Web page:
Looking at the enlarged version of the picture showing the underside of the PCB, you can clearly read "B200 MK2 ISS 4" towards the bottom-right of the image.
These two picture show the output stage, with the LM318 op-amp and BUZ900/BUZ905 output MOS-FETs. The smoothing capacitors are 6800uF each, and a bridge rectifier is used instead of the 4 discrete diodes of earlier models. They retained the Alps "Blue Velvet" volume potentiometer...
Thanks to Justin Goh for submitting this picture of a Final Edition with a striking silver/chrome finish:
And according to the accompanying certificate, here are the differences between the standard model and the Final Edition:
Some of these are clearly of dubious merit! But, as only 200 of these were ever made, they are quite collectable, and raise good money on places like eBay...
Released in 1986, the A100 is a beefed up A1 in a slightly taller case producing 50 watts per channel. To achieve this, there's a bigger transformer giving higher supply rails. Musical Fidelity claim that it operates in class A 99% of the time, so by my reckoning, there's 1.75 amps of standing current per channel, resulting in around 160W of heat dissipation. If you follow the reasoning the designer gives on the technical page, the standing current is half that, but that's still 80 watts or so. Either way, not really enough to earn the Class A badge. There are two fans which become noisy with age, and when the bearings get tired, they slow down and innevitably the reduced airflow leads to reliability problems. Also, they suck dirt and dust through the case...
The output transistors seem to be the same 2n3055/MJ2955 combination as used in the A1. I'm surprised at this frankly, and failures are all too common. All other comments about the A1 apply to this model, so check for noisy controls and dried up electrolytic capacitors...
Something that amuses me - reviews often say that the phono stage was much-improved compared to the A1, but it's exactly the same!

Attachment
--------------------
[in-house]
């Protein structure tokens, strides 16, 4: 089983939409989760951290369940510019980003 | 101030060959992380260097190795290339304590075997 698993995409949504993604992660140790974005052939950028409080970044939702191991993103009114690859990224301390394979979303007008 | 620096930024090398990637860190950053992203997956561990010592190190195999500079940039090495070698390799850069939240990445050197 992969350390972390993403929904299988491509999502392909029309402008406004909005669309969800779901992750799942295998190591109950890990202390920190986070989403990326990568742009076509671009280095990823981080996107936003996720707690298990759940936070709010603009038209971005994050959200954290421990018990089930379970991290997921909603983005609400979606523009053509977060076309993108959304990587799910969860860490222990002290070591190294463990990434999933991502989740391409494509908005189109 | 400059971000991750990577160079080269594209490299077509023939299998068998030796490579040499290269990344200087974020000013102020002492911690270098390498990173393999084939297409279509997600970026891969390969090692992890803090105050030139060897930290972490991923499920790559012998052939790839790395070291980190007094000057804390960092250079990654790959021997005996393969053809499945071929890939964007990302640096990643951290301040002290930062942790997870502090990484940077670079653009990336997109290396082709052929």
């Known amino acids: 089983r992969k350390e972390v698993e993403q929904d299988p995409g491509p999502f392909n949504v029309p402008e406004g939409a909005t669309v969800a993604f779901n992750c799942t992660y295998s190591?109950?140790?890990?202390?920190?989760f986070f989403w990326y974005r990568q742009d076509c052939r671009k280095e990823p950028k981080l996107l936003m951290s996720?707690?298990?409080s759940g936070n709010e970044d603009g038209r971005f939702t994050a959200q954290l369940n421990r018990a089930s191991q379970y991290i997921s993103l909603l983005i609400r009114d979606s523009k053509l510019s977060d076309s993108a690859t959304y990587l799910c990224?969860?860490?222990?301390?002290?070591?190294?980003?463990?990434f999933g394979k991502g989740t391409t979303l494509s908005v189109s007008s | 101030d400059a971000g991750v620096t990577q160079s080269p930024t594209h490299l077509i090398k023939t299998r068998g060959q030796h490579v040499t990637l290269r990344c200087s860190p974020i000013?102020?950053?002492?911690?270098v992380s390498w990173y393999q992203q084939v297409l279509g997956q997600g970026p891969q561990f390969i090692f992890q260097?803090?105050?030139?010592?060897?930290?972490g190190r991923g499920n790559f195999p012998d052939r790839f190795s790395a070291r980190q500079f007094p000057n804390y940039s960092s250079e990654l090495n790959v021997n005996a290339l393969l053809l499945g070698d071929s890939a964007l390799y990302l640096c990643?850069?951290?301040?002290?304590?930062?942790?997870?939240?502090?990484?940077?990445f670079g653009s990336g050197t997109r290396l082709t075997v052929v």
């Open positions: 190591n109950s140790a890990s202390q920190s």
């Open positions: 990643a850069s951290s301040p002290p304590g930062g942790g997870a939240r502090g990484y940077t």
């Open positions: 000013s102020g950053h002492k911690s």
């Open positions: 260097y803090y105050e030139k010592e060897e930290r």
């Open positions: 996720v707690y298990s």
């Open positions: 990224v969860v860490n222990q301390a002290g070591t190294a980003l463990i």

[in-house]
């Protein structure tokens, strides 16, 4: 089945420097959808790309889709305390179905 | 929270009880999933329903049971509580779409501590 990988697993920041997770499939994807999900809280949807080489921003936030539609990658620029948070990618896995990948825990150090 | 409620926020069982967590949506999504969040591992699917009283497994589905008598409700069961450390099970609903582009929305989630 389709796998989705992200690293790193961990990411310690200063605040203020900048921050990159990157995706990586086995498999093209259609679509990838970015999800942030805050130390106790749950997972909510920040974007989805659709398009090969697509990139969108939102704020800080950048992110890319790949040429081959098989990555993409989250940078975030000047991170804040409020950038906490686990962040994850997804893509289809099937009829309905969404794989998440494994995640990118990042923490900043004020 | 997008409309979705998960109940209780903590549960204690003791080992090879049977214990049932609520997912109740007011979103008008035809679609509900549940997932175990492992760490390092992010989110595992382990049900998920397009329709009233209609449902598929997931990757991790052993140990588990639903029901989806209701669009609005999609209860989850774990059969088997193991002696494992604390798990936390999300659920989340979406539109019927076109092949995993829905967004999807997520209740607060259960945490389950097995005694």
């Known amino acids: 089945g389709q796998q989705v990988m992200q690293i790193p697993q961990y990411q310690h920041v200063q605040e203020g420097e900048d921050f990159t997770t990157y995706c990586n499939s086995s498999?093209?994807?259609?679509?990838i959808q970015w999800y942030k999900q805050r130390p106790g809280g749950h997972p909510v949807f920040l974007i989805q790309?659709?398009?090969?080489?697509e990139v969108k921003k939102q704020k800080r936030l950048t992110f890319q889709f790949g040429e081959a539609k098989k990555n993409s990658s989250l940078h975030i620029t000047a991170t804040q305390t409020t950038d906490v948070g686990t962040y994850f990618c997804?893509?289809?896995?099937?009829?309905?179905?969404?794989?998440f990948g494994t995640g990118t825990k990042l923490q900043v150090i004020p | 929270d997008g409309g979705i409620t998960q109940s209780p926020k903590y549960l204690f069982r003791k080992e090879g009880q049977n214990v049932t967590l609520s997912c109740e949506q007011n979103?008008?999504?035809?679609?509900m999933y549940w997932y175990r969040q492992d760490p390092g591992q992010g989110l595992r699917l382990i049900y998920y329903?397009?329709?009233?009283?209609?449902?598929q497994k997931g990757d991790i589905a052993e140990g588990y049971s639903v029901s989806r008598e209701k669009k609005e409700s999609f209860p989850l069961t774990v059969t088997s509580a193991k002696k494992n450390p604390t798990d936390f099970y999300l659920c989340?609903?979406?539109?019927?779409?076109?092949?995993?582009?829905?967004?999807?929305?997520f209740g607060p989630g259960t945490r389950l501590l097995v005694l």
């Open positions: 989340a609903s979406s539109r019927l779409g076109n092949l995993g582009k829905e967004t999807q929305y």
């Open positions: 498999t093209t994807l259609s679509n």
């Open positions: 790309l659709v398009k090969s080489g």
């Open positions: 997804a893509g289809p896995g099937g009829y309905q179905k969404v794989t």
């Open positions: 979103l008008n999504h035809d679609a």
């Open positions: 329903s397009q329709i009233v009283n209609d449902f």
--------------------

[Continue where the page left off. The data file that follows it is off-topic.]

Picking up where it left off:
This is a monoblock amplifier built into an A1 case, released in 1985. It's just an A1 with a bigger power supply - the PCB is the same, just the components relating to the pre-amp aren't fitted. Both power amp sections are fitted, and the outputs are wired in parallel. Apparently they are even more unreliable than the A1!
These all use Musical Fidelity's op-amp plus MOS-FETs power stage. This includes the P140 (70Wpc), P170 (85Wpc), P180 (80Wpc), P270 (135Wpc), P370 (185Wpc) and the B200 - no-doubt there are others too.
The design was gradually refined over the years, but follows the basic topology explained on the Technical Page.
This is a picture of the insides of a P180 - you can see the multiple output MOS-FETs all on their individual heat sinks. Some how, they don't seem big enough for an 80W amplifier but at least there will be a saving in thermal resistance because the devices won't need to in electrically insulated from the heatsink. The outboard PSU appears to have an XLR connection to the umbilical lead that connects to the main amplifier.
I don't recall where this image came from, so if you recognise it, please let me know and according to your wishes I'll either credit you, or remove the image.
Comments? Questions? Please, let me know...